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Bayadi v. Clarke

United States District Court, W.D. Virginia, Roanoke Division

September 25, 2017

HASAN BAYADI, Plaintiff,
HAROLD CLARKE, et al., Defendants.



         Hasan Bayadi, a Virginia inmate proceeding pro se, filed a complaint pursuant to 42 U.S.C. § 1983 naming three staff of the Virginia Department of Corrections (“VDOC”) and Wallens Ridge State Prison (“Wallens Ridge”) as defendants in both their individual and official capacities. Bayadi contends that the VDOC's grooming policy, Operating Procedure (“OP”) 864.1, violates the First and Fourteenth Amendments of the Constitution; the Religious Land Use and Institutionalized Persons Act (“RLUIPA”), 42 U.S.C. § 2000cc-1, et seq.; Article 1, Section 16 of the Virginia Constitution, and Virginia Code § 8.01-42.1. Bayadi seeks declaratory relief, damages, and a permanent injunction. Defendants filed a second motion for summary judgment, and Bayadi responded, making this matter ripe for disposition.[1] Having considered the record, I conclude that defendants' second motion for summary judgment must be denied as to the RLUIPA claim, but granted as to each of the other claims.


         Bayadi arrived at Wallens Ridge on September 1, 2015, and shortly thereafter, he shaved his beard. Bayadi was housed in general population when he commenced this action in November 2015.

         Bayadi explains that he wants to grow his beard to an indeterminate length in conformity with his religious beliefs. Bayadi contends that he feels compelled to shave his beard per OP 864.1 in violation of his religious beliefs because, if he does not, he thinks he will be placed in segregated housing until the earlier of 1) cutting his beard, and thus violating a religious belief, or 2) a year's confinement in punitive segregation, at which time he transfers to the “grooming general-population pod” where he is not allowed to attend a weekly Islamic congregational service, Jummah.[2] Bayadi alleges that no recognized inmate religious groups but Muslims are forced to choose between violating religious beliefs by cutting a beard or violating religious beliefs by forfeiting a weekly congregational service.

         OP 864.1 establishes uniform personal grooming standards for male inmates in the VDOC. Beards of one-quarter inch maximum length are permitted in order to accommodate religious, medical, and secular reasons without the need for prior approval.[3] Longer beards are prohibited, according to VDOC, because they could conceal contraband; create a health, hygiene, or sanitation hazard; or significantly compromise the ability to identify an offender. Prison officials explain that the length limitation promotes institutional security, sanitation and allows prison officials to identify markings, such as scars and tattoos, that would be hidden under beards of indeterminate length. The length limitation gives officials more control over the concealment of contraband that can be used as weapons. Prison officials also explain that prison hygiene can be compromised with indeterminate length beards because infestations and medical complications from ringworms, lice, and other insects are more likely to occur and may be undetected under beards of indeterminate length.

         Inmates who violate the beard policy may be charged with Disciplinary Offense Code 133, “Refusal to Obey an Order.” OP 864.1 allowed inmates who refuse to shave their beards to transfer to a special general population housing unit known as the Grooming Standards Violator Housing Unit (“VHU”). This policy has changed over time. When Bayadi arrived at Wallens Ridge on September 1, 2015, an inmate should have met the following criteria before moving to the VHU: an institutional conviction of Refusing to Obey an Order; completed the VDOC's Challenge Series workbooks while in restrictive housing for six months; six months' free of more serious charges; and three months' free of less serious charges. The Warden of Wallens Ridge could allow an inmate to move into the VHU without having met all of the criteria. On August 1, 2016, OP 864.1 was amended to remove the six-month restrictive housing requirement, and thus, the eligibility criteria for the VHU are merely a “Refusal to Obey an Order” conviction and no history of disruptive or assaultive behavior.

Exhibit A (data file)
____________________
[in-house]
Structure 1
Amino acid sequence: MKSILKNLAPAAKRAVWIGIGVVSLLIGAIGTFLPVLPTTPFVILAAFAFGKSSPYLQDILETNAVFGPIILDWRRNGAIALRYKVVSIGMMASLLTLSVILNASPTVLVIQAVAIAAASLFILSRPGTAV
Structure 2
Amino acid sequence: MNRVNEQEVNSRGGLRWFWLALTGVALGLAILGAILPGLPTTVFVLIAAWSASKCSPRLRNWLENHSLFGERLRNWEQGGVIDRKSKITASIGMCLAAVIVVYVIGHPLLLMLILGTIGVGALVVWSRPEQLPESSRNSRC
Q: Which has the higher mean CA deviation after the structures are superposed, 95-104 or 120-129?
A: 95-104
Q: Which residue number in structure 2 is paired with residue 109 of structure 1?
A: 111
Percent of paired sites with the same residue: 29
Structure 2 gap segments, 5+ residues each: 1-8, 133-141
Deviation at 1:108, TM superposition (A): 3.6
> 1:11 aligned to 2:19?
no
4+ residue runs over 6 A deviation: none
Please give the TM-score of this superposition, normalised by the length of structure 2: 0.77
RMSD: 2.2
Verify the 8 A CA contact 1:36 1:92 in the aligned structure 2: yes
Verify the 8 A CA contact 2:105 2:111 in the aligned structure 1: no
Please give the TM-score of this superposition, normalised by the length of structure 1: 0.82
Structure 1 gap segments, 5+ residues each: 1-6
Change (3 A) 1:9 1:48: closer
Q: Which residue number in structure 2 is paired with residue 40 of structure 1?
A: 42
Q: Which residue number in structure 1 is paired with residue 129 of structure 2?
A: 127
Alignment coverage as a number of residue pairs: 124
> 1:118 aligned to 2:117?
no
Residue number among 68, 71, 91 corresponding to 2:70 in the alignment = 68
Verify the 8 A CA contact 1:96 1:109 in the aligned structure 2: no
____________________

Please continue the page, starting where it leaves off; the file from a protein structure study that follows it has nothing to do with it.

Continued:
However, even after August 1, 2016, the VHU consists of two phases in two pods. VHU inmates are first assigned to Phase I, which has “fewer incentives” than Phase II. Phase I inmates are housed alone in a single cell, have only one hour of in-pod recreation daily; have only one hour of outside exercise five times per week; have a commissary limit of $10.00 per week for consumable and hygiene items; and do not participate in the SecurePak Program.[4]Phase I inmates must comply with all mandated programming and cell regulations for six months before graduating to Phase II, and that programming is dependent on the inmate's Risk/Needs Assessment and may include the VDOC's Challenge Series workbooks. Phase II inmates are housed with a cellmate; enjoy five hours of out-of-cell activity daily; enjoy one hour of outside recreation daily; have access to gymnasium recreation; have a commissary limit of $50.00 per week for consumable and hygiene items; and may participate in the SecurePak Program. Regardless of the phase, all inmates in the VHU receive meals in the pod; consume meals in their cells; may have jobs; and have access to the chaplain, television programming, approved religious and educational programming, approved individual faith objects, two hours of non-contact visitation weekly, and re-entry services. Notably, Phase I inmates are not allowed to participate in scheduled group religious services, but Phase II inmates are. This means that an inmate would not be able to attend Jummah, or other group services, for six months after he began to grow a beard longer than a quarter-inch.